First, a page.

Instead of focussing on bells and whistles

The word “simple” has become so cliché that I try not to use it anymore, but ultimately the point is that things are pretty easy and simple until you make them hard and complicated. So we’re always trying to keep them as simple and easy as they naturally are. So if we have a big idea, let’s chop that idea in half. Let’s chop it in half again. Let’s figure out what the core thing is, what like the three things you need to do are, and let’s do those things really, really well. So, instead of focusing on everything and the bells and whistles, it’s more about the basics.
Jason Fried
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Jason Fried co-founded the 37signals organisation that creates web-based applications for collaboration, sharing and making decisions such as basecamp (project management) and campfire (group chat).

37signals is not in the OSS industry, not even close. However their approach has parallels that is screaming out to be implemented in the OSS industry. Rather than an arms-race of functionality, how about halving it and halving it again? Focussing on a small number of essential capabilities and doing it exceedingly well?

Obviously this application framework doesn’t suit the traditional CSPs that seek mind-boggling complexity (often unnecessarily but that’s another story), but there is a much bigger market that is screaming out for OSS services that can’t afford the highly customisable solutions available on the market currently.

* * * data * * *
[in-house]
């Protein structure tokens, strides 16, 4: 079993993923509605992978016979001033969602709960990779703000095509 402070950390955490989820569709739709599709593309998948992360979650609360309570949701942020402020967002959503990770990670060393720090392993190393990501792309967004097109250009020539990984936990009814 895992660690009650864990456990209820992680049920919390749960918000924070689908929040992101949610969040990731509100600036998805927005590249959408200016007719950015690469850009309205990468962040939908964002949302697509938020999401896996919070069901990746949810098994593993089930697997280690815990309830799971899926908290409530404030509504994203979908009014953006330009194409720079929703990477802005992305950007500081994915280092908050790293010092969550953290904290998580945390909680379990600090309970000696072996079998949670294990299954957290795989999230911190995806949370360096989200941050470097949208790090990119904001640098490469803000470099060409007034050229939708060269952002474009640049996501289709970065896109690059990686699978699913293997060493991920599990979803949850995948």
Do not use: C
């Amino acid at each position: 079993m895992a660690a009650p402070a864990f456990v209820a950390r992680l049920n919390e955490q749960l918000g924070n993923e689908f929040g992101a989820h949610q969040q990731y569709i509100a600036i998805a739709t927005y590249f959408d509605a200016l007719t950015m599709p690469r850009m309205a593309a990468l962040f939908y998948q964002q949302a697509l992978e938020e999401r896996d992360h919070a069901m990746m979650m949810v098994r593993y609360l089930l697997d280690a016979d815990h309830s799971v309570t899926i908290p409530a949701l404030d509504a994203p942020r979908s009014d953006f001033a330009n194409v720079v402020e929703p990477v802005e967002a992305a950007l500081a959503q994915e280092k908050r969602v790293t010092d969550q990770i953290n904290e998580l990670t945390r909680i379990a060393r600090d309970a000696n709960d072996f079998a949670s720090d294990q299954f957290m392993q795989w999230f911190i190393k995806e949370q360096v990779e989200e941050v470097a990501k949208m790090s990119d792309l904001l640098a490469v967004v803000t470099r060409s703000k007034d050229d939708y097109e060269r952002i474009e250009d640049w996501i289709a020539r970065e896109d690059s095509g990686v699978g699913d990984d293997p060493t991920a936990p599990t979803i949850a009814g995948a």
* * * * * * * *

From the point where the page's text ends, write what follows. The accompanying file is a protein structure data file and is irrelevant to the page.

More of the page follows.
Think of it as a pyramid. OSS typically cater for the small number of CSPs that are at the top of the pyramid. But lower down the pyramid, the customer base expands and their needs get simpler. A flexible, powerful, yet simple OSS will open up markets that aren’t well serviced yet particularly as their reliance on communications networks become greater.

Is this too idealistic? Do all customers require a level of customisation that can’t be supported by simple? Is “simple” too cliché?

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